I might go farther, and assert this to be a phenomenon, not of our nature only, but of all animated existence, throughout its entire range, so far as our knowledge extends. It would, indeed, seem to be essentially connected with the great law of self-preservation which pervades all that feels, from man down to the lowest and most insignificant reptile or insect. In none is it stronger than in man. His social feelings may, indeed, in a state of safety and abundance, combined with high intellectual and moral culture, acquire great expansion and force; but not so great as to overpower this all-pervading and essential law of animated existence.
But that constitution of our nature which makes us feel more intensely what affects us directly than what affects us indirectly through others, necessarily leads to conflict between individuals. Each, in consequence, has a greater regard for his own safety or happiness, than for the safety or happiness of others; and, where these come in opposition, is ready to sacrifice the interests of others to his own. And hence, the tendency to a universal state of conflict, between individual and individual; accompanied by the connected passions of suspicion, jealousy, anger and revenge,—followed by insolence, fraud and cruelty;—and, if not prevented by some controlling power, ending in a state of universal discord and confusion, destructive of the social state and the ends for which it is ordained. This controlling power, wherever vested, or by whomsoever exercised, is
It follows, then, that man is so constituted, that government is necessary to the existence of society, and society to his existence, and the perfection of his faculties. It follows, also, that government has its origin in this twofold constitution of his nature; the sympathetic or social feelings constituting the remote, —and the individual or direct, the proximate cause. If man had been differently constituted in either particular ;—if, instead of being social in his nature, he had been created without sympathy for his kind, and independent of others for his safety and existence; or if, on the other hand, he had been so created, as to feel more intensely what affected others than what affected himself, (if that were possible,) or, even, had this supposed interest been equal,— it is manifest that, in either case, there would have been no necessity for government, and that none would ever have existed. But, although society and government are thus intimately connected with and dependent on each other,—of the two society is thegreater. It is the first in the order of things, and in the dignity of its object; that of society being primary,—to preserve and perfect our race; and that of government secondary and subordinate, to preserve and perfect society. Both are, however, necessary to the existence and well-being of our race, and equally of Divine ordination.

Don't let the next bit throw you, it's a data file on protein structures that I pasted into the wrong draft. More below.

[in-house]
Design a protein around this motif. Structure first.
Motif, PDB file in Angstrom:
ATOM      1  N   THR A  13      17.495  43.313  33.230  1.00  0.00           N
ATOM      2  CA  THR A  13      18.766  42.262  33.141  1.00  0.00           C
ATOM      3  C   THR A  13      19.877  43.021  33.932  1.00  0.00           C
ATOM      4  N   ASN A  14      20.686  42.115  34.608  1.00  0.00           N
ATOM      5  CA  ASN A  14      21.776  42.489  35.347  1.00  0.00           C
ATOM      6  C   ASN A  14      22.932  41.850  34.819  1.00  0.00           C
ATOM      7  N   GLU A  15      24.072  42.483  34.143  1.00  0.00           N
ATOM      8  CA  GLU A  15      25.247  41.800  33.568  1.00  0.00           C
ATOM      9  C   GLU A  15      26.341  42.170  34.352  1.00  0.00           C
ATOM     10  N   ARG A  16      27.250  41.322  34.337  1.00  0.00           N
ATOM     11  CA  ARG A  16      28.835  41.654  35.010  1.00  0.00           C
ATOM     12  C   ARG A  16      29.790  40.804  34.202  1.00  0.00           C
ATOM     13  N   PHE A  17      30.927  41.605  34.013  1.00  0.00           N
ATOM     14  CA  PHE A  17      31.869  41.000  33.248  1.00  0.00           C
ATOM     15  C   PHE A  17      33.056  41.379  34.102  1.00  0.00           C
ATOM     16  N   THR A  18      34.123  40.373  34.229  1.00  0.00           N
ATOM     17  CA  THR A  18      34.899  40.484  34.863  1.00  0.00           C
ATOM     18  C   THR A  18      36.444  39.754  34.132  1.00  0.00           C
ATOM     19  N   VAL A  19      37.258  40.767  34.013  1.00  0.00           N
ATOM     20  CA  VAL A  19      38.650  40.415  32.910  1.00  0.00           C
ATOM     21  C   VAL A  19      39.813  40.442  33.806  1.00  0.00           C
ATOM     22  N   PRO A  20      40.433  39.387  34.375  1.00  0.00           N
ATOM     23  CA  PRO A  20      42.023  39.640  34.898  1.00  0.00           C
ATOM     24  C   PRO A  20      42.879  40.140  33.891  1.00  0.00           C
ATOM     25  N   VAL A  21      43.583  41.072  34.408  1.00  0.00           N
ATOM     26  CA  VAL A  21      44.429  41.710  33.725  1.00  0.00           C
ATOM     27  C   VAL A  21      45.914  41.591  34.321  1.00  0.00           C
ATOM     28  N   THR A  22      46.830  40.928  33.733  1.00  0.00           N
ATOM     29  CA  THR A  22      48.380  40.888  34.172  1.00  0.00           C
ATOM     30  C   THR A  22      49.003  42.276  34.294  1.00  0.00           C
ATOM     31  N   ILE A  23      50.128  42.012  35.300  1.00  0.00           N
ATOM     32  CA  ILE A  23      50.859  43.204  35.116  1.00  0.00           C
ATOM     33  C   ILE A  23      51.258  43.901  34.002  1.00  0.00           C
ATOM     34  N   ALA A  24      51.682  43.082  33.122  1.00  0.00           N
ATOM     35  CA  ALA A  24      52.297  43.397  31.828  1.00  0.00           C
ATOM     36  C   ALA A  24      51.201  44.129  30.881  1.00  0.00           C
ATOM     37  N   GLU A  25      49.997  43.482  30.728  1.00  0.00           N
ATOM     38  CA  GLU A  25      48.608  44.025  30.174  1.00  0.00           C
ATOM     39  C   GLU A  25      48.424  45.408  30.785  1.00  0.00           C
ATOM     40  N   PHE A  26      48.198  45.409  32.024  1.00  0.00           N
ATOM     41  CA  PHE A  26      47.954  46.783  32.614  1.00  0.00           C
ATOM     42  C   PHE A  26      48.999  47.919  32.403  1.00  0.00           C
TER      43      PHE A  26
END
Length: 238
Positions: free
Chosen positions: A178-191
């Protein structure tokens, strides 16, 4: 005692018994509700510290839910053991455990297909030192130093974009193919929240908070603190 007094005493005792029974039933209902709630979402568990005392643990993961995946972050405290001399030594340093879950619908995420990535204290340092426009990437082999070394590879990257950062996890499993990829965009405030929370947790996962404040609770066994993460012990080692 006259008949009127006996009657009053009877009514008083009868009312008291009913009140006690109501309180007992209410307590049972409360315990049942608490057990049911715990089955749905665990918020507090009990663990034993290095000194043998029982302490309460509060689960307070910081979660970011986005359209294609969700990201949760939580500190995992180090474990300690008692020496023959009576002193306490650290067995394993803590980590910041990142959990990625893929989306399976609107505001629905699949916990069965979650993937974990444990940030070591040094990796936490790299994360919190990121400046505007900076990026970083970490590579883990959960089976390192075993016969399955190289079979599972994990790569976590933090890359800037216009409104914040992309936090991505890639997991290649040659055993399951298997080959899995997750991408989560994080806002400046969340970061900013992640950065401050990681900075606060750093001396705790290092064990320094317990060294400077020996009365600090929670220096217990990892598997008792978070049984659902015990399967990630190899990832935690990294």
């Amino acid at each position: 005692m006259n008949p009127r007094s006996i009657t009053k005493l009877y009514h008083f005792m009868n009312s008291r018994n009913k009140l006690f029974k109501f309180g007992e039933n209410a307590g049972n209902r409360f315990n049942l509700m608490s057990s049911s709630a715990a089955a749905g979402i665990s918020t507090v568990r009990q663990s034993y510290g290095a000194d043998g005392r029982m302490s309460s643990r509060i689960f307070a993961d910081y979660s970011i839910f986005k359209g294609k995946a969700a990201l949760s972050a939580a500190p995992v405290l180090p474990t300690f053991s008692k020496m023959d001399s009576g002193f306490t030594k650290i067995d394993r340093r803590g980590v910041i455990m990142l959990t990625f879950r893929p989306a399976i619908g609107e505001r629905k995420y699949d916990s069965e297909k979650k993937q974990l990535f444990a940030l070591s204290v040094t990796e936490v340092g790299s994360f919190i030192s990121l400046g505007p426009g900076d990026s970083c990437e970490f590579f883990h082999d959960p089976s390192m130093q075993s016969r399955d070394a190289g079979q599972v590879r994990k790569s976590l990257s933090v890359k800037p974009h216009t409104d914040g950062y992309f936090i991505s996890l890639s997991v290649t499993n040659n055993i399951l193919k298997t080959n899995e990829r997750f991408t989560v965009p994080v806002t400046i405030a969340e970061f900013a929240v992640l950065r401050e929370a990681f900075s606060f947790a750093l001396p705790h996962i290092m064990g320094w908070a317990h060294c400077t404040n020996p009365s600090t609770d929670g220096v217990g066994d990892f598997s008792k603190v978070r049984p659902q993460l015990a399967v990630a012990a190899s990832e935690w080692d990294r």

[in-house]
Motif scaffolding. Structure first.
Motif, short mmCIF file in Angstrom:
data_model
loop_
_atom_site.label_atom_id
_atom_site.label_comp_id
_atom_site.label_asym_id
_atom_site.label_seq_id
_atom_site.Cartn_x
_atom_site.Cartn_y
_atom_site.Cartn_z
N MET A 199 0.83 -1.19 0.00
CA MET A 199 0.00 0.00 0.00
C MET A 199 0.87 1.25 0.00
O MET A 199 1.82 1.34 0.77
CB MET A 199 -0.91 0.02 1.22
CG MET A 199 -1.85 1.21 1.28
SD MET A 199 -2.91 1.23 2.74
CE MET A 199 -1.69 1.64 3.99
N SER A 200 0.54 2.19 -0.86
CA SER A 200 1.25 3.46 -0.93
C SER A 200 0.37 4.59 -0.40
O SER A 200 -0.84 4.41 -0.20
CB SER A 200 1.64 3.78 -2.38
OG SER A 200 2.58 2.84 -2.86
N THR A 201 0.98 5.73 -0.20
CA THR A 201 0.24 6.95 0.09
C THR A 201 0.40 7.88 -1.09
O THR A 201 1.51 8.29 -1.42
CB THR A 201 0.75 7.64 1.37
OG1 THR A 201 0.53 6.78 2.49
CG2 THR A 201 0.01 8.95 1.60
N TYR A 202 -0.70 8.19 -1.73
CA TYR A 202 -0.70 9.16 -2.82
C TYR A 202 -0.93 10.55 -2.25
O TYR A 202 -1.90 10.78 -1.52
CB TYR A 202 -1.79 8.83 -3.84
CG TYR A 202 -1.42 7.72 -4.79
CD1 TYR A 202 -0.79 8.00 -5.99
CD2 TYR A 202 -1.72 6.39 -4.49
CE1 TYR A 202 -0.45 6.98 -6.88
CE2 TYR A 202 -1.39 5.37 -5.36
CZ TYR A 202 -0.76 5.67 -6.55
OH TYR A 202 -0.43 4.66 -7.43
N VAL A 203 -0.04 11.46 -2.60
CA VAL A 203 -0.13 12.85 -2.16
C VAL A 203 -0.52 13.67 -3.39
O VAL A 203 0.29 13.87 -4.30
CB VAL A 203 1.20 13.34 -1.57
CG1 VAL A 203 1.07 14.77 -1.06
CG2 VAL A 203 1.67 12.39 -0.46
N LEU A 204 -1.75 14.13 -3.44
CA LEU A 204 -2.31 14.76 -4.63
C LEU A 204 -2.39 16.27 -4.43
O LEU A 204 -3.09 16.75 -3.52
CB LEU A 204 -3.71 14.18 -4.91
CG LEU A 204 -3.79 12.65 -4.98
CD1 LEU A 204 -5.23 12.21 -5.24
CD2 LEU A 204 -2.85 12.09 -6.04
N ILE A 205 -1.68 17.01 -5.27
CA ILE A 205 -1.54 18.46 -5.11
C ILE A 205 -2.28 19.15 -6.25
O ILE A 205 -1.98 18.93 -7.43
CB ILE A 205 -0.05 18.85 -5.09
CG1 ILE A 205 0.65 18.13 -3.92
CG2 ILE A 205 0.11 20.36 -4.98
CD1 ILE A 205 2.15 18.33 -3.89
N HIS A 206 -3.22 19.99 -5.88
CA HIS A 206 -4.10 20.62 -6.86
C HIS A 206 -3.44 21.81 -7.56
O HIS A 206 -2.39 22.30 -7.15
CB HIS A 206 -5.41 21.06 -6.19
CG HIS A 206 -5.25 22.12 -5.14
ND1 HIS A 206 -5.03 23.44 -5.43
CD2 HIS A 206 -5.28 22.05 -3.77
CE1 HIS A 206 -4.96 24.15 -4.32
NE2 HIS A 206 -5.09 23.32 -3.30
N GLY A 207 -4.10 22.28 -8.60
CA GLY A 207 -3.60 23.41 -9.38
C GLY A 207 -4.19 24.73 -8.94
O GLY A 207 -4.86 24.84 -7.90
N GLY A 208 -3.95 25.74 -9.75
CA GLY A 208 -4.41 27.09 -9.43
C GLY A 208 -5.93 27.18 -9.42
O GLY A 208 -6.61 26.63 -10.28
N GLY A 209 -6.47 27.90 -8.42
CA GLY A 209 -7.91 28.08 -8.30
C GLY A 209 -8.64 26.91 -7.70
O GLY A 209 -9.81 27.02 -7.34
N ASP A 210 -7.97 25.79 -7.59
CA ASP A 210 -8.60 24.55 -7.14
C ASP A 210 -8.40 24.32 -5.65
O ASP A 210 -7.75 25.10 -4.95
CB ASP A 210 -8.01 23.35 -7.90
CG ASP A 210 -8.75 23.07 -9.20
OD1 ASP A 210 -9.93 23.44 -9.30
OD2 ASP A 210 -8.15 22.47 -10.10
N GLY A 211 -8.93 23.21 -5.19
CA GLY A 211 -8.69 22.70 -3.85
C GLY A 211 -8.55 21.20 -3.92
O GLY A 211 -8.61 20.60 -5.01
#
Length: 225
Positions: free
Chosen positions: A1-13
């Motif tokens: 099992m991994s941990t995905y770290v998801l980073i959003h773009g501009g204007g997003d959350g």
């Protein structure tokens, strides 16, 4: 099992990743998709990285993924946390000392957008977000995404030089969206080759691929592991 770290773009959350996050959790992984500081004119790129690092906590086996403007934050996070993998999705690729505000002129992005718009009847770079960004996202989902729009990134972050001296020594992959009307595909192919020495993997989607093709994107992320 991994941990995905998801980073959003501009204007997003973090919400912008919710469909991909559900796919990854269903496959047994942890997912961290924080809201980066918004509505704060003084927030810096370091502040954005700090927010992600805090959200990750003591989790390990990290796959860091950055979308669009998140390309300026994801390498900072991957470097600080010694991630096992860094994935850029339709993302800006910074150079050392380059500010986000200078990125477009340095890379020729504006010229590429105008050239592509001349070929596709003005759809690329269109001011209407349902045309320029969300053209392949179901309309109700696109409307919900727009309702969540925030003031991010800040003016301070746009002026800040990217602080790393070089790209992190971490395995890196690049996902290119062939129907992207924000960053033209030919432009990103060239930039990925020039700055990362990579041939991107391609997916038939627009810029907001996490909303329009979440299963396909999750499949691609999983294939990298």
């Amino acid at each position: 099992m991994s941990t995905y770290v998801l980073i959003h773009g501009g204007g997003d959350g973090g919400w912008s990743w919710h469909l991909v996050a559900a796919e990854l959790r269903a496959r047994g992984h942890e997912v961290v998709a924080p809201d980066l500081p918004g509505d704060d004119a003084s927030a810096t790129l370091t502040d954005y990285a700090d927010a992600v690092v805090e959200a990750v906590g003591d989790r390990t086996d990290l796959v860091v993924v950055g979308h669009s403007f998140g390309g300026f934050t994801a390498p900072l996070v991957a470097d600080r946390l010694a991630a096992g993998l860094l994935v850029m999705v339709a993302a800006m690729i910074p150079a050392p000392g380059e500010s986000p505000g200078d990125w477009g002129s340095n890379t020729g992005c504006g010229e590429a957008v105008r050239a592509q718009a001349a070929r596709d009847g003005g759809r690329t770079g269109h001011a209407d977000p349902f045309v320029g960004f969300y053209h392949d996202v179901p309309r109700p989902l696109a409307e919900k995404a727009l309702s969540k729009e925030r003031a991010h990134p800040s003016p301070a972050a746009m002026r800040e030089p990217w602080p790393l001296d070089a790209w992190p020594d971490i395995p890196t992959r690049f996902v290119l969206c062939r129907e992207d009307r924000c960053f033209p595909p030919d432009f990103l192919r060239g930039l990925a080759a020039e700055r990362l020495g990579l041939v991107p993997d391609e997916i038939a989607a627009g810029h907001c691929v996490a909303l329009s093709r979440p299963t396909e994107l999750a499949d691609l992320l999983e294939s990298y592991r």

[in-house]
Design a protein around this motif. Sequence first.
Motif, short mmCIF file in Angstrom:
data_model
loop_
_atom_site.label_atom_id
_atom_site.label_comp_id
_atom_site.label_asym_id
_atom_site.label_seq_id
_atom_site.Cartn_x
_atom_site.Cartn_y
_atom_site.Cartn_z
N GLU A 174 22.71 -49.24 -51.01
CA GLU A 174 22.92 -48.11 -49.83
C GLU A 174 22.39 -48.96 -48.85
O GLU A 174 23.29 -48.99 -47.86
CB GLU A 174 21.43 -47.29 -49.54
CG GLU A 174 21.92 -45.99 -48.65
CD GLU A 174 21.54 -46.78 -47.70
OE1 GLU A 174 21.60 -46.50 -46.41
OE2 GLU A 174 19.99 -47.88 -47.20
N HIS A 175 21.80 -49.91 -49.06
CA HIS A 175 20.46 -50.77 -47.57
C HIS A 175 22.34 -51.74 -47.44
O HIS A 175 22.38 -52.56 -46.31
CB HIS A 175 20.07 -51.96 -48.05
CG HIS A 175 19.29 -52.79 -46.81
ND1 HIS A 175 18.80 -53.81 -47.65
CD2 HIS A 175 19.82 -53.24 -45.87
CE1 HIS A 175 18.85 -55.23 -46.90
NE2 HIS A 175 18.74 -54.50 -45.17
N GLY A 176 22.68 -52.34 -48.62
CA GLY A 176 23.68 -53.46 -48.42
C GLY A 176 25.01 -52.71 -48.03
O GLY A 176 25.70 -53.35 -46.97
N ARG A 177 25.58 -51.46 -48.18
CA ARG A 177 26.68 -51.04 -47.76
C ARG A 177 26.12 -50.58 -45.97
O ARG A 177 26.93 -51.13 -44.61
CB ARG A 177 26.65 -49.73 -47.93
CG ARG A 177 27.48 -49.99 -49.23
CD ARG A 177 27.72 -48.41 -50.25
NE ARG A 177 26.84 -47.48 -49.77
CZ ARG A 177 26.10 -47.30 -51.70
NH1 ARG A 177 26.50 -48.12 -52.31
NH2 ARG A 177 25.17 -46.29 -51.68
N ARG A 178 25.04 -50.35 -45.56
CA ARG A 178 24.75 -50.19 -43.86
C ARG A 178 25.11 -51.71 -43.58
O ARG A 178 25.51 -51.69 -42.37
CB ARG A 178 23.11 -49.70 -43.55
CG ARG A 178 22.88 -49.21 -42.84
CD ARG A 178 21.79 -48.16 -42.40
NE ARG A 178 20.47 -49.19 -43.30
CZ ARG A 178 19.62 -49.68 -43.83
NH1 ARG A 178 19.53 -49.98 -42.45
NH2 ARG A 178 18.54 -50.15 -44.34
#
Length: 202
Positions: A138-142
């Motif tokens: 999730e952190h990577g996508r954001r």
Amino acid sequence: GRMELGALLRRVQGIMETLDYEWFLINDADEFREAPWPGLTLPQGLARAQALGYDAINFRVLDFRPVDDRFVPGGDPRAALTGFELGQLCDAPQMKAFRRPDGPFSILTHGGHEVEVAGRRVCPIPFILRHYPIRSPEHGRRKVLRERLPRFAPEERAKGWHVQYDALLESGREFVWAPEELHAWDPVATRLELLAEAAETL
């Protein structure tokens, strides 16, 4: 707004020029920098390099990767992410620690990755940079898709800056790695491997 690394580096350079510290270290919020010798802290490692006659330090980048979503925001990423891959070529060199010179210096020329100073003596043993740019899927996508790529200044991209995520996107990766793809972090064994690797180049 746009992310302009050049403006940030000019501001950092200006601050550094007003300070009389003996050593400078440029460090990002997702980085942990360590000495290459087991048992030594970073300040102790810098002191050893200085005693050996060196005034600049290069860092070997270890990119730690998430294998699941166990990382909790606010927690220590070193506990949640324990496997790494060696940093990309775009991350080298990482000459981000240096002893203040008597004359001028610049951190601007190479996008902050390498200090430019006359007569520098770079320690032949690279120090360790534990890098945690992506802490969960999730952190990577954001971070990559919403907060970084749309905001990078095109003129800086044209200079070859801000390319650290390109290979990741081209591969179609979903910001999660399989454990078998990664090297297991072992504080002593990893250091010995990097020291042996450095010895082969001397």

I have said,—if it were possible for man to be so constituted, as to feel what affects others more strongly than what affects himself, or even as strongly,—because, it may be well doubted, whether the stronger feeling or affection of individuals for themselves, combined with a feebler and subordinate feeling^r affection for others, is not, in beings of limited reason and faculties, a constitution necessary to their preservation and existence. If reversed,—if their